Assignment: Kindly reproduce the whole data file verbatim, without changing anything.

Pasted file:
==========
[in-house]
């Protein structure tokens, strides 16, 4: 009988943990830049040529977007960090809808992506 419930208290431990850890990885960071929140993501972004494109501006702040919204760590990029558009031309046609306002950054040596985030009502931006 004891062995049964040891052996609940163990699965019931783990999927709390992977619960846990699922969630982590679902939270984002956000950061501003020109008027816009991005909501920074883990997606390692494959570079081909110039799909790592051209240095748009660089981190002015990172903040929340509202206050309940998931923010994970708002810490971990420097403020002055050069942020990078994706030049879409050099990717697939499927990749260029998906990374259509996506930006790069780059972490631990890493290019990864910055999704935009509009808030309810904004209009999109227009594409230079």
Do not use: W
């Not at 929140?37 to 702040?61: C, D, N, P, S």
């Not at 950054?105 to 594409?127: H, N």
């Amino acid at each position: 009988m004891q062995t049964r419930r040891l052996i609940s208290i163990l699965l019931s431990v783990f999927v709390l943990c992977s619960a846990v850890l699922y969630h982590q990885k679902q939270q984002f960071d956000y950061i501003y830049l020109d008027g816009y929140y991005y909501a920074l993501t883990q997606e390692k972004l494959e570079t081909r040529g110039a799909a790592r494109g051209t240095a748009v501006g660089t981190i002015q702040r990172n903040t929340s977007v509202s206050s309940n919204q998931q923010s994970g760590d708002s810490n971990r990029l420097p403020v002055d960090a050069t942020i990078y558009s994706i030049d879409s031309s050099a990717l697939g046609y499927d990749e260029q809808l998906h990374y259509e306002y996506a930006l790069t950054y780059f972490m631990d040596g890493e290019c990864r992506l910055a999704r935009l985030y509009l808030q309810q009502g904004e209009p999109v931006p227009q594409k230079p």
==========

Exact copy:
[in-house]
């Protein structure tokens, strides 16, 4: 009988943990830049040529977007960090809808992506 419930208290431990850890990885960071929140993501972004494109501006702040919204760590990029558009031309046609306002950054040596985030009502931006 004891062995049964040891052996609940163990699965019931783990999927709390992977619960846990699922969630982590679902939270984002956000950061501003020109008027816009991005909501920074883990997606390692494959570079081909110039799909790592051209240095748009660089981190002015990172903040929340509202206050309940998931923010994970708002810490971990420097403020002055050069942020990078994706030049879409050099990717697939499927990749260029998906990374259509996506930006790069780059972490631990890493290019990864910055999704935009509009808030309810904004209009999109227009594409230079």
Do not use: W
């Not at 929140?37 to 702040?61: C, D, N, P, S």
């Not at 950054?105 to 594409?127: H, N």
């Amino acid at each position: 009988m004891q062995t049964r419930r040891l052996i609940s208290i163990l699965l019931s431990v783990f999927v709390l943990c992977s619960a846990v850890l699922y969630h982590q990885k679902q939270q984002f960071d956000y950061i501003y830049l020109d008027g816009y929140y991005y909501a920074l993501t883990q997606e390692k972004l494959e570079t081909r040529g110039a799909a790592r494109g051209t240095a748009v501006g660089t981190i002015q702040r990172n903040t929340s977007v509202s206050s309940n919204q998931q923010s994970g760590d708002s810490n971990r990029l420097p403020v002055d960090a050069t942020i990078y558009s994706i030049d879409s031309s050099a990717l697939g046609y499927d990749e260029q809808l998906h990374y259509e306002y996506a930006l790069t950054y780059f972490m631990d040596g890493e290019c990864r992506l910055a999704r935009l985030y509009l808030q309810q009502g904004e209009p999109v931006p227009q594409k230079p």